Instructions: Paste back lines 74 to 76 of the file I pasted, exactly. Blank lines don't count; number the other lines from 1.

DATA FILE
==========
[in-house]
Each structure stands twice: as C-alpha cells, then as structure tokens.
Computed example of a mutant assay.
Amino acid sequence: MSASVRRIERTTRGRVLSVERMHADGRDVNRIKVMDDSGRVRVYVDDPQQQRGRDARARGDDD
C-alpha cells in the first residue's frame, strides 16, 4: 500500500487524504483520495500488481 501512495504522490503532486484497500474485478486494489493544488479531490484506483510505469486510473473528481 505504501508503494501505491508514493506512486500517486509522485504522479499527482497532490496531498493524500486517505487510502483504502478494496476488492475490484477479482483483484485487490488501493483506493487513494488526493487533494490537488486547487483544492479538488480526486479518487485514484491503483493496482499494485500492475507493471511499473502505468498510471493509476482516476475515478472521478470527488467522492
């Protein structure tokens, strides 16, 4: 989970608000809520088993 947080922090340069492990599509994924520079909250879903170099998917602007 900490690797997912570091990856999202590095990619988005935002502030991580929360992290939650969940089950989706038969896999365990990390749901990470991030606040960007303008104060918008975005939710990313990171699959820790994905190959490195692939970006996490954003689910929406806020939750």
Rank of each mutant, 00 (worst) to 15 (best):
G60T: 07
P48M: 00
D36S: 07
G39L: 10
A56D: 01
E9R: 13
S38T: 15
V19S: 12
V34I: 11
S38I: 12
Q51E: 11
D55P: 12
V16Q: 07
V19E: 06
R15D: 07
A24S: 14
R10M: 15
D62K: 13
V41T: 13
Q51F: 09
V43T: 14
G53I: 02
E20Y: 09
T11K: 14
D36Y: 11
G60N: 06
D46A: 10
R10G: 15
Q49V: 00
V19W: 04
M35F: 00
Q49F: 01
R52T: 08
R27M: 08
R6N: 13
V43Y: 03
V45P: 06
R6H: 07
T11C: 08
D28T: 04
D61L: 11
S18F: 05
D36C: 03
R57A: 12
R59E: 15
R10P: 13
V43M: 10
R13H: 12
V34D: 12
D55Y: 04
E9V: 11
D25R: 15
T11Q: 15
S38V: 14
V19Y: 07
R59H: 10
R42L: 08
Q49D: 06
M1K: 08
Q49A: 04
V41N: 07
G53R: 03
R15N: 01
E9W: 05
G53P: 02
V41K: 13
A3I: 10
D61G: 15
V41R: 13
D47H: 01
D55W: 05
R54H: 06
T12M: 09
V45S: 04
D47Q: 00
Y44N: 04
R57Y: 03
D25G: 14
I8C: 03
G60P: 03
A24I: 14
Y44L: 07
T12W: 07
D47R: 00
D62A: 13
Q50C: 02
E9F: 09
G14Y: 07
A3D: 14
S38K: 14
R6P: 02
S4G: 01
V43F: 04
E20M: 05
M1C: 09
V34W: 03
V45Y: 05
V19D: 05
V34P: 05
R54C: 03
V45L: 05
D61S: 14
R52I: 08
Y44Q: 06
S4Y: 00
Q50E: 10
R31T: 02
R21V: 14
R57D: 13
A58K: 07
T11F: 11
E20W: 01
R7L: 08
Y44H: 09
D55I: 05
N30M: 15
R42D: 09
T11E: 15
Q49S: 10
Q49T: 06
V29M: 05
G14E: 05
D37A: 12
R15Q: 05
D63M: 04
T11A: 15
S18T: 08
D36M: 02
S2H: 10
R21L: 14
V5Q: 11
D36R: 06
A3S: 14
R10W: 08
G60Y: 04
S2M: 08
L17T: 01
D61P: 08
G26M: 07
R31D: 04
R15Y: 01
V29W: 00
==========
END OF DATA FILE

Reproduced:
A3I: 10
D61G: 15
V41R: 13